In her talk entitled, Of Mice and Men and Girls and Autism, President Berger-Sweeney reviewed her years of research looking at the relationship of the MeCP2 transcriptional regulatory protein on a mouse model of Rett Syndrome (Katz et al., 2012). The crux of her research was focused on the 1 in 10,000 females, who are born with this regressive developmental disorder. For the first 6-18 months post-natal, the child appears to develop normally; subsequently, muscle begins to atrophy, difficulty crawling or walking, as well as Autism Spectrum Disorder (ASD) type symptoms, such as reduced eye contact. (NINDS, 2015).
Prior to President Berger-Sweeney’s research, scientists believed that the cognitive and behavioral abnormalities associated with Rett Syndrome were due to deficits in the cholinergic system, which they believed was due to abnormalities in the MeCP2 protein, a transcriptional repressor protein. Berger-Sweeney and team decided to proceed with a mouse model despite many colleagues in other research fields using rat models. President Berger-Sweeney spoke of the importance of a good animal model and of the first questions that her research group asked, which included whether to model symptoms, genetics, neurochemical changes, or neuroanatomical changes. The group decided to proceed with a mouse model with MeCP2 gene knockouts.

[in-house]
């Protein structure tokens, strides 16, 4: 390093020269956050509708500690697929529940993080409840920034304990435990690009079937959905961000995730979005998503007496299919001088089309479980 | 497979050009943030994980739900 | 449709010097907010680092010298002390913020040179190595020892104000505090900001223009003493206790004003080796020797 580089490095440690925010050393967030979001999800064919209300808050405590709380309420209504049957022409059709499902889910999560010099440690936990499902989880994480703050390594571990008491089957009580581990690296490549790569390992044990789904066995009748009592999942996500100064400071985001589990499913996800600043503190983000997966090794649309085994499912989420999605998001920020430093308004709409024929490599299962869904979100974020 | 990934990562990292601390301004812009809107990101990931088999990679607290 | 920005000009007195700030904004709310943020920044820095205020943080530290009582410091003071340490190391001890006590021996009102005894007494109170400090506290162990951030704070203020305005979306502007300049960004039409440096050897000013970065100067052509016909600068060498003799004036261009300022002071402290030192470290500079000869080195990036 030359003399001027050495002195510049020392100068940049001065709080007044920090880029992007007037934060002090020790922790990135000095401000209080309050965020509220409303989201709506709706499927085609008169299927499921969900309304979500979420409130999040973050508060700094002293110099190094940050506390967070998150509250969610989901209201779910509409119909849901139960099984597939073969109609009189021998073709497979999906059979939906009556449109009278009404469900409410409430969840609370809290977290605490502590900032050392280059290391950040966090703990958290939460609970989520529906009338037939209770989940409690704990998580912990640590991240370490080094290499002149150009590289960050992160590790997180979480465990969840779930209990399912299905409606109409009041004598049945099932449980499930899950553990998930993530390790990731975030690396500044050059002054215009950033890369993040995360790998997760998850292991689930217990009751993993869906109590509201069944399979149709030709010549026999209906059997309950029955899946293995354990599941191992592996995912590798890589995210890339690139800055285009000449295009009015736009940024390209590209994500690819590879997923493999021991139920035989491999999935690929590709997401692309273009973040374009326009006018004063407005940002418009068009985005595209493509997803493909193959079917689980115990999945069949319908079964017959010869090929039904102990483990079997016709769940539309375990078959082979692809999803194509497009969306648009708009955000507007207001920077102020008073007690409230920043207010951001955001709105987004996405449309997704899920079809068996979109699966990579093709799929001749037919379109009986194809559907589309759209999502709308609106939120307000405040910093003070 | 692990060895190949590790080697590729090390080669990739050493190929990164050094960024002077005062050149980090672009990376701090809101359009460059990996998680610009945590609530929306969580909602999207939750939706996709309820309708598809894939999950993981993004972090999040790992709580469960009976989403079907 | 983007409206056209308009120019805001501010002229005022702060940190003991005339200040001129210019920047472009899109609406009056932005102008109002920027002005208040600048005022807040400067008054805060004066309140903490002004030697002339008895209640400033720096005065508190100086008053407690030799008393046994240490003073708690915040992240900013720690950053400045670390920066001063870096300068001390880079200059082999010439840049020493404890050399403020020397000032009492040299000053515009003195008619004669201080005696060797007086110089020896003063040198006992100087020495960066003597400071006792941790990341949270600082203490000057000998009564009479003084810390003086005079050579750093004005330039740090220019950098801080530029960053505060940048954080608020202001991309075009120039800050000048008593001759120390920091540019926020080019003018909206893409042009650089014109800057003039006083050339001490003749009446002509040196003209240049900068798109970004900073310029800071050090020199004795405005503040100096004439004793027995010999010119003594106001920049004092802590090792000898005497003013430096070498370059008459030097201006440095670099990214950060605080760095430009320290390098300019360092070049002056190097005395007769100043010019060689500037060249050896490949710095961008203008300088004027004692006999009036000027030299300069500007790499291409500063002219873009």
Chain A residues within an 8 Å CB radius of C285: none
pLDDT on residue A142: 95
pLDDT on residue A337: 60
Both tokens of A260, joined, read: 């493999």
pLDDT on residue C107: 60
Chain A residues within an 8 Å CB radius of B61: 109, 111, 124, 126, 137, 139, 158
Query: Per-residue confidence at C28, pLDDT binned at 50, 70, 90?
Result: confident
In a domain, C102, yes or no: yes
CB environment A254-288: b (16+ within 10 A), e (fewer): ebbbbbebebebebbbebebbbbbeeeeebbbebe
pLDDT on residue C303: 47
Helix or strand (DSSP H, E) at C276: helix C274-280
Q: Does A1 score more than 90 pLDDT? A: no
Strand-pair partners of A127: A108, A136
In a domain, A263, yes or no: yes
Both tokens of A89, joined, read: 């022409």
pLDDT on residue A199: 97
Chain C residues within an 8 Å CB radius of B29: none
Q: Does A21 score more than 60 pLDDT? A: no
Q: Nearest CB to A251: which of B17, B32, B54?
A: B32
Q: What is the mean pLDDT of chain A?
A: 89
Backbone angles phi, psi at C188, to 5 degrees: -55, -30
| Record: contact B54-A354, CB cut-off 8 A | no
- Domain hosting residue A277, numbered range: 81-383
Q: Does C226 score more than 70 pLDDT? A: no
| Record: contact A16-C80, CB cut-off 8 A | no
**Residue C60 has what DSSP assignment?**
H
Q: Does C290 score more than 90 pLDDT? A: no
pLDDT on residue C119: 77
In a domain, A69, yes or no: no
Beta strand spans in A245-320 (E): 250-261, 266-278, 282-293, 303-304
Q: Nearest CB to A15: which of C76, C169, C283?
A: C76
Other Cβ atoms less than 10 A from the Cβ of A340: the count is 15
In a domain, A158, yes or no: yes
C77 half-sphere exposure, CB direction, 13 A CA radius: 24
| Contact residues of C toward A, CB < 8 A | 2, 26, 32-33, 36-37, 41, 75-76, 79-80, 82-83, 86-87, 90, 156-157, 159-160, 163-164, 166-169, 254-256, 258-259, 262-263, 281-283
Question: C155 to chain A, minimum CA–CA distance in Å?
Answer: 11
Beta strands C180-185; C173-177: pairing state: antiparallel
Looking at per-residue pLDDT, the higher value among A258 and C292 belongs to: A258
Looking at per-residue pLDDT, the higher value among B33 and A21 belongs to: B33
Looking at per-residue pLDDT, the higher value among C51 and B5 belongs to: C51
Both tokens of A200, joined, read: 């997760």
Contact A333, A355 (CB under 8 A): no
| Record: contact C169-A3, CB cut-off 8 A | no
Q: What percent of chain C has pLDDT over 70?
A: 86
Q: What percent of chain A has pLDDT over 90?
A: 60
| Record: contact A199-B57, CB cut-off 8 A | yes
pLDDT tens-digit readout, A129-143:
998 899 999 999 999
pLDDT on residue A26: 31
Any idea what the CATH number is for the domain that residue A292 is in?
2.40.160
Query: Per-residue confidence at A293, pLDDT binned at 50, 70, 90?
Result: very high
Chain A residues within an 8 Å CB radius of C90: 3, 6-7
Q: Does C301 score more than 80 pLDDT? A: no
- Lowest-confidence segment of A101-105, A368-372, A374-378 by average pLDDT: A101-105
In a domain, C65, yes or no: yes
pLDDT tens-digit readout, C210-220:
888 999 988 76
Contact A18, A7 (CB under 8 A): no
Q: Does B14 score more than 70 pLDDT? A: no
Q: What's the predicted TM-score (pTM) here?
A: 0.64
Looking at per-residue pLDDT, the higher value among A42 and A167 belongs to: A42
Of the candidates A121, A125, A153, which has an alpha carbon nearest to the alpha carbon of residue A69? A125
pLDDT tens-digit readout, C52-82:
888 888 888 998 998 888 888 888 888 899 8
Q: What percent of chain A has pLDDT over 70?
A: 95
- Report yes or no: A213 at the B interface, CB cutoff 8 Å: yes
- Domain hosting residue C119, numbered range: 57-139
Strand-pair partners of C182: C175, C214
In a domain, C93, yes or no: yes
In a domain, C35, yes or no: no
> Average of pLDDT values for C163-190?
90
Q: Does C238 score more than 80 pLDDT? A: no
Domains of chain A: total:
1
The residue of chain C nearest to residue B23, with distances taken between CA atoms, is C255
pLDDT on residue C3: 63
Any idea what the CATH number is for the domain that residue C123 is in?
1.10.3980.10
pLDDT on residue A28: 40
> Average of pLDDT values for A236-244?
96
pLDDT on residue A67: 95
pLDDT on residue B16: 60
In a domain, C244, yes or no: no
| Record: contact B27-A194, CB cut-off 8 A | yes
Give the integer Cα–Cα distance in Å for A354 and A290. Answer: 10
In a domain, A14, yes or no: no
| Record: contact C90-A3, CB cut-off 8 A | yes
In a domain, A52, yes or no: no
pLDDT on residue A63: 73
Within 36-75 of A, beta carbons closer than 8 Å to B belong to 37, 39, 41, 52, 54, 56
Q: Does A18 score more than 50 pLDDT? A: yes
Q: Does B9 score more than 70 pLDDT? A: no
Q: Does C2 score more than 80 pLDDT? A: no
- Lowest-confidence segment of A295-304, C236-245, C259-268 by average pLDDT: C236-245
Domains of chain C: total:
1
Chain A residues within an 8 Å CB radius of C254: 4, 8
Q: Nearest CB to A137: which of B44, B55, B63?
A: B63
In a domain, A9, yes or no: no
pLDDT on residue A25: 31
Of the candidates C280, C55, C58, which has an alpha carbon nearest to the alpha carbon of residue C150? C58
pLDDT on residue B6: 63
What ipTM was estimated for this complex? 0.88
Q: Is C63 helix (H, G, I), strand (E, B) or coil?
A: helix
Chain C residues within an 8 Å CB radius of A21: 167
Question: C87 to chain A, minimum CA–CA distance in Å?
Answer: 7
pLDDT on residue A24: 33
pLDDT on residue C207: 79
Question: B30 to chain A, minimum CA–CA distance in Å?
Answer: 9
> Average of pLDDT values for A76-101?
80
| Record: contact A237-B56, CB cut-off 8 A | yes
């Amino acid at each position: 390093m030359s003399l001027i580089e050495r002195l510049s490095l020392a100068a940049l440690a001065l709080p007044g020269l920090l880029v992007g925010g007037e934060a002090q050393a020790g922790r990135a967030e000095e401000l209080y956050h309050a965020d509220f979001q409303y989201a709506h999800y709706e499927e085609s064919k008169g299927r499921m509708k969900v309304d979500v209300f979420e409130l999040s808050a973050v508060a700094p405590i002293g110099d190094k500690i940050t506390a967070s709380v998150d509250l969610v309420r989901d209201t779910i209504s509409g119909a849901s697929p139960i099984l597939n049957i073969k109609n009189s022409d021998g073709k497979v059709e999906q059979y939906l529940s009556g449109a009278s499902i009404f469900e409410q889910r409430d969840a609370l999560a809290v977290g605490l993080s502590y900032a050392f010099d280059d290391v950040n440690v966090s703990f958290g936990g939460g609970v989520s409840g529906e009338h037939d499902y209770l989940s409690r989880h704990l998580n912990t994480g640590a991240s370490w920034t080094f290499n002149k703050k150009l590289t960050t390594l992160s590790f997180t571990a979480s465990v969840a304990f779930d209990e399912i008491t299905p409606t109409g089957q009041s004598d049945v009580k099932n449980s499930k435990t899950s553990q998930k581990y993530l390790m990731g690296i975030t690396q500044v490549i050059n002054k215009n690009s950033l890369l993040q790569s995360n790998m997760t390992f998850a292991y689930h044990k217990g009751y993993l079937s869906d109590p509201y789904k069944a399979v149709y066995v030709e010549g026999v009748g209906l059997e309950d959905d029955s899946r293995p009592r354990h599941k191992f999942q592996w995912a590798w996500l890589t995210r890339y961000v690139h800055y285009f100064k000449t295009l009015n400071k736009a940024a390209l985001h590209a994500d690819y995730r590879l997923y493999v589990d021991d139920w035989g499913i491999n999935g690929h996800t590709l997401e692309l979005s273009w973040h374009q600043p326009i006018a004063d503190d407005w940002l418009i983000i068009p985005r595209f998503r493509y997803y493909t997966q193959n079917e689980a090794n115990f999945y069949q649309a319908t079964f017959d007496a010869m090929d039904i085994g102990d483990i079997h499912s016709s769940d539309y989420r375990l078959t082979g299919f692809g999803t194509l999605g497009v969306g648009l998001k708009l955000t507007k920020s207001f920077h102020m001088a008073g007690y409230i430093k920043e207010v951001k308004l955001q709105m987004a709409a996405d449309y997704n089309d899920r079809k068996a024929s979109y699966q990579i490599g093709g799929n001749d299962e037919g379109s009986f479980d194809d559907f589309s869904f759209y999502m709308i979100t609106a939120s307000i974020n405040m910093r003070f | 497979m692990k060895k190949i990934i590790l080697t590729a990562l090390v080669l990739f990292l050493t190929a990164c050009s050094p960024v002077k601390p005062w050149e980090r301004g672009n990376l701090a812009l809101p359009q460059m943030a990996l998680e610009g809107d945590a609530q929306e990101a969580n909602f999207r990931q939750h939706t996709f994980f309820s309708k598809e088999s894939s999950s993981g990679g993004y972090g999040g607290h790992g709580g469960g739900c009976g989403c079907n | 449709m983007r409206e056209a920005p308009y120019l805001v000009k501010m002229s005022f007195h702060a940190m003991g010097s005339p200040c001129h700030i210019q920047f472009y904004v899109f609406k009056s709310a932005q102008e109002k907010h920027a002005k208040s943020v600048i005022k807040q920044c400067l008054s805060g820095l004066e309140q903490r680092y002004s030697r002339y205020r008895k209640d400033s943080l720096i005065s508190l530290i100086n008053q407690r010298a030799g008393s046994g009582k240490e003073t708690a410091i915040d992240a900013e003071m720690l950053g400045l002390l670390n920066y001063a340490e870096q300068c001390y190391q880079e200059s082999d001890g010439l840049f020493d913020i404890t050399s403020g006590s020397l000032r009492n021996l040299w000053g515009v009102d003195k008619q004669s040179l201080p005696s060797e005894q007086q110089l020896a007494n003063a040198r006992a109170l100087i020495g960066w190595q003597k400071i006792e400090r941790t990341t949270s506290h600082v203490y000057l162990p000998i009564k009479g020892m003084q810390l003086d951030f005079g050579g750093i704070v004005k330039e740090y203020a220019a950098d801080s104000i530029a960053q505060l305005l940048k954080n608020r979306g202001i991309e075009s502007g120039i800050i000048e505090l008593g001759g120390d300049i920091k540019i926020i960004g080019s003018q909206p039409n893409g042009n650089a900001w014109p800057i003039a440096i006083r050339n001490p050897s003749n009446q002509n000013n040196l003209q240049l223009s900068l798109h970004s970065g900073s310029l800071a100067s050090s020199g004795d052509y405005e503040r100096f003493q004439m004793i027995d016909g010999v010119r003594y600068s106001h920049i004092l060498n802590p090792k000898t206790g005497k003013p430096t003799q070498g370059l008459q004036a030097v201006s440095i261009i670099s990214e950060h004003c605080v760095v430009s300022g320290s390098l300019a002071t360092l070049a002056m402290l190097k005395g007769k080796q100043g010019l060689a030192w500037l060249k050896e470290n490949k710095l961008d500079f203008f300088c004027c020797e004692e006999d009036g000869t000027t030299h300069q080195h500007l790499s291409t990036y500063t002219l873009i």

After many years of research, the group found that the male mice with the gene knockout made to replicate Rett Syndrome experienced an increased in social behavior, which, at first, seemed to contradict typical Rett Syndrome symptoms. However, a literature review suggested that it is possible for Rett Syndrome human females to have increased social behavior, suggesting that the mouse model could be a good measure. The group then decided to look at ways in which they could take this effective genetic mouse model and try to improve symptoms. They began by using choline, a precursor molecule of the neurotransmitter acetylcholine. At muscle junctions, acetylcholine facilitates muscle contractions. Research has also suggested that it may be involved with awareness and attention, which could address cognitive Rett Syndrome symptoms. After positive results, the group decided to use an acetylated version of the l-carnitine molecule called acetyl-l-carnitine, which they gave to mice as a nutritional supplement. They then improved results relative to the choline treatments, but results also showed that the improvement only lasted until 30 days postnatal. This would lead to inconclusive results relevant to the treatment of Rett Syndrome in humans; however, due to few researchers interested in Rett Syndrome, any progress towards the eventual amelioration of symptoms can be considered a great advance in the study of females with Rett Syndrome.